So when I do finally stop doing this, whenever that is, fear not. It won’t be because Twitter wouldn’t share my posts or because Joe Blogs (ha, ‘Joe Blogs’) didn’t come to read my musings any more. It will be because I finally came to fully believe the subtext, the niggling voice in my head telling me its own truth. That I had far-outstayed my usefulness. That I had become a slight embarrassment.

A big embarrassment, I think I could handle. That actually sounds pretty okay to me. 

But a slight embarrassment might just be too much to bear. 

Shout Out to Jamie

On Wednesday, I drove my younger son Sam and his friend Freya to see Mac DeMarco play at Vicar Street in Dublin. 

If you don’t know who Mac DeMarco is, don’t worry, you won’t be alone. He is, in fact, a very talented and interesting musical artist who seems to have gathered the bulk of his following from younger twenty year olds and older teenagers. I think this is pretty remarkable in itself, given the general laid back, ‘almost jazzy’ feel to his work. Projecting a strong image of a warm but world-weary sensitive slacker, Mac has an admiring fan base among his demographic and not without very good reason.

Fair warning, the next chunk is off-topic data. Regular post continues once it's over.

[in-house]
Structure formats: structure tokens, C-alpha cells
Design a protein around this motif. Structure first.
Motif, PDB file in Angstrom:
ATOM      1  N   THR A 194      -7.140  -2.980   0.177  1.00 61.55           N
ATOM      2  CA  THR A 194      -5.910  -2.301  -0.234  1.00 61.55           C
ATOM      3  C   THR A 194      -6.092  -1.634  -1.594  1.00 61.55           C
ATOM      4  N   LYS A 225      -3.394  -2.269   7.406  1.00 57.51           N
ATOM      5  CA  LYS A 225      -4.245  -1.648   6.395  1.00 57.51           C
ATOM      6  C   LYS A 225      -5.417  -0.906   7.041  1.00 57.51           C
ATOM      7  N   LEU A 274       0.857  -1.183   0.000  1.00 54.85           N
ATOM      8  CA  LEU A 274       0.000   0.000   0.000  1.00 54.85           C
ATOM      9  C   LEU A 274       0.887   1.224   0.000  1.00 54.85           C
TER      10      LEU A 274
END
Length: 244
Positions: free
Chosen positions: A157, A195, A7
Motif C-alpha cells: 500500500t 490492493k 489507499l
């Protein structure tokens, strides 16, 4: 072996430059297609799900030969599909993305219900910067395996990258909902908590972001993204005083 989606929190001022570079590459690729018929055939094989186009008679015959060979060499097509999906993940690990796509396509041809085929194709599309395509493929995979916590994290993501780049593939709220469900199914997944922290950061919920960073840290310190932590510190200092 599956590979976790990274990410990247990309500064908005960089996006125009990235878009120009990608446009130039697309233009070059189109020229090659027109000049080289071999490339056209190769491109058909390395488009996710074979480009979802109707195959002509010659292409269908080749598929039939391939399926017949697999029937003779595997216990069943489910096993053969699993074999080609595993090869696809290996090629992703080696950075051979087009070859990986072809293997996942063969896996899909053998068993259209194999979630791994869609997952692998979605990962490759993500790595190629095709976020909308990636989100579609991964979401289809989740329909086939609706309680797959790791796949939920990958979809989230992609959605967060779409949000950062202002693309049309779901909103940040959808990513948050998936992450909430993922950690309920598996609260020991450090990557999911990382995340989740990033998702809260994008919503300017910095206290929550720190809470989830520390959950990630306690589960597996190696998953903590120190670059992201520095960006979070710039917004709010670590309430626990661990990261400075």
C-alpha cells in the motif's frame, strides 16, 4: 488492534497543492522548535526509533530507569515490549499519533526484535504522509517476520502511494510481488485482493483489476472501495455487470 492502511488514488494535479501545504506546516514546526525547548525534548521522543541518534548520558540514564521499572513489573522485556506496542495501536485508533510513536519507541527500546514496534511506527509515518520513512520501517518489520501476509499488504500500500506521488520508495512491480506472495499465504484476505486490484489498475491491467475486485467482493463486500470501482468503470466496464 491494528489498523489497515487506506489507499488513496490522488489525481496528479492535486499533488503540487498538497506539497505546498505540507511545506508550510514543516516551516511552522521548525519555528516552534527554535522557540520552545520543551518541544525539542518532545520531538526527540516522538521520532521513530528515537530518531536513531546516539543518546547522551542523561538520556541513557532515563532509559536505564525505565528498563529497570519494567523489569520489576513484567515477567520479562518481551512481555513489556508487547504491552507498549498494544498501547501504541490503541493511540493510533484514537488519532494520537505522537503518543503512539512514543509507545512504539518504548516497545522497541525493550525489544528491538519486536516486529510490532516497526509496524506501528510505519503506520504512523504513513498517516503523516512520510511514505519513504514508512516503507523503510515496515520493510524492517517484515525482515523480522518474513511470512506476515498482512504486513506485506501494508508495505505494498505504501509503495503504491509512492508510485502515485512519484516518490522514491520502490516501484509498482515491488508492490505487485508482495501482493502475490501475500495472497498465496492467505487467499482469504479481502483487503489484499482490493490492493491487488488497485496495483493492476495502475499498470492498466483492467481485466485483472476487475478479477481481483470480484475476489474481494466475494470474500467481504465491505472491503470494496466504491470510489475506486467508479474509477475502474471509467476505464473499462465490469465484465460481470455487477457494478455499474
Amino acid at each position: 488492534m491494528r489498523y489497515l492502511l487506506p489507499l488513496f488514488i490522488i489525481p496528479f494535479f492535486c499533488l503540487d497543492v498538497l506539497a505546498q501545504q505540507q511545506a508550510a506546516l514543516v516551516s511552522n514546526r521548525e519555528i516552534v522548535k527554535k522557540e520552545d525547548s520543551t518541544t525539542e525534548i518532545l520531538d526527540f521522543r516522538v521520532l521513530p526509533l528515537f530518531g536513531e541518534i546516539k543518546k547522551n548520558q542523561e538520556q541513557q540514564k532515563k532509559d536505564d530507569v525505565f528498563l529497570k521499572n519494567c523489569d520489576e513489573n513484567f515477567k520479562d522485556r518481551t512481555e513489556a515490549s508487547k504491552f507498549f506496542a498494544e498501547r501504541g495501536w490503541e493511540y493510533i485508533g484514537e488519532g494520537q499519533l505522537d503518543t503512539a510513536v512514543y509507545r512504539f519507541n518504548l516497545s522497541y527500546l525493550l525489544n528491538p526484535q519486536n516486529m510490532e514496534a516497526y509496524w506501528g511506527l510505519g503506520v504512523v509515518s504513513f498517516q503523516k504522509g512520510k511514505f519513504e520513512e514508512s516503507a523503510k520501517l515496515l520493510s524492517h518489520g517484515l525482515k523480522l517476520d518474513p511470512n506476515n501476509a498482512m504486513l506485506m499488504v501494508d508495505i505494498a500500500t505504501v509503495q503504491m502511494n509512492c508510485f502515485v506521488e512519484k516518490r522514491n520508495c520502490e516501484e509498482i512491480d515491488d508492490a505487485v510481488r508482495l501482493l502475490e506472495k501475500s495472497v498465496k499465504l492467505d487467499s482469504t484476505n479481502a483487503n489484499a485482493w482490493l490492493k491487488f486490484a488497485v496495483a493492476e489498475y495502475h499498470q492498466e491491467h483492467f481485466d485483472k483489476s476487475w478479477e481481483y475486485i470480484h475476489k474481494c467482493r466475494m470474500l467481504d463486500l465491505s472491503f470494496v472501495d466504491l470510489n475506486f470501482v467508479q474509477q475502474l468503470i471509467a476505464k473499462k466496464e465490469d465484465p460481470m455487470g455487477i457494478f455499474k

Tickets for his single Dublin gig in the intimate Vicar Street setting were sold out from day one and were much pleaded-for and not found. I managed to get hold of two by being eagle-eyed on Twitter for quite a while. So, on Wednesday, off we went.

Sam and Freya went into the gig when doors opened at seven o’clock and got themselves a place two rows from the stage. I had a loose idea a to try to get an extra ‘face-value’ ticket outside if I could and if I couldn’t I always had my car seat, my Kindle and my warm coat. 

I had resolved to give it a half an hour outside the venue, to see what I could do about a ticket, but people tend to fascinate me, and at nine thirty, I was still there, wandering up and down the alleyway, chatting and smiling at anyone who seemed receptive to a chat or a smile and generally having my own rather odd version of a pretty good time. At half past nine on the dot, just as Mac was due to go on stage, I gained access to the show and had a really good time at the back, watching the gig. I don’t think I can tell you how I got in, as that isn’t really ‘blog material’. Next time we have a coffee, I’ll tell you.

But that’s not what I want to write about anyway.

I want to give a shout out to Jamie, who I met outside. Let me tell you about Jamie but, first, my mission.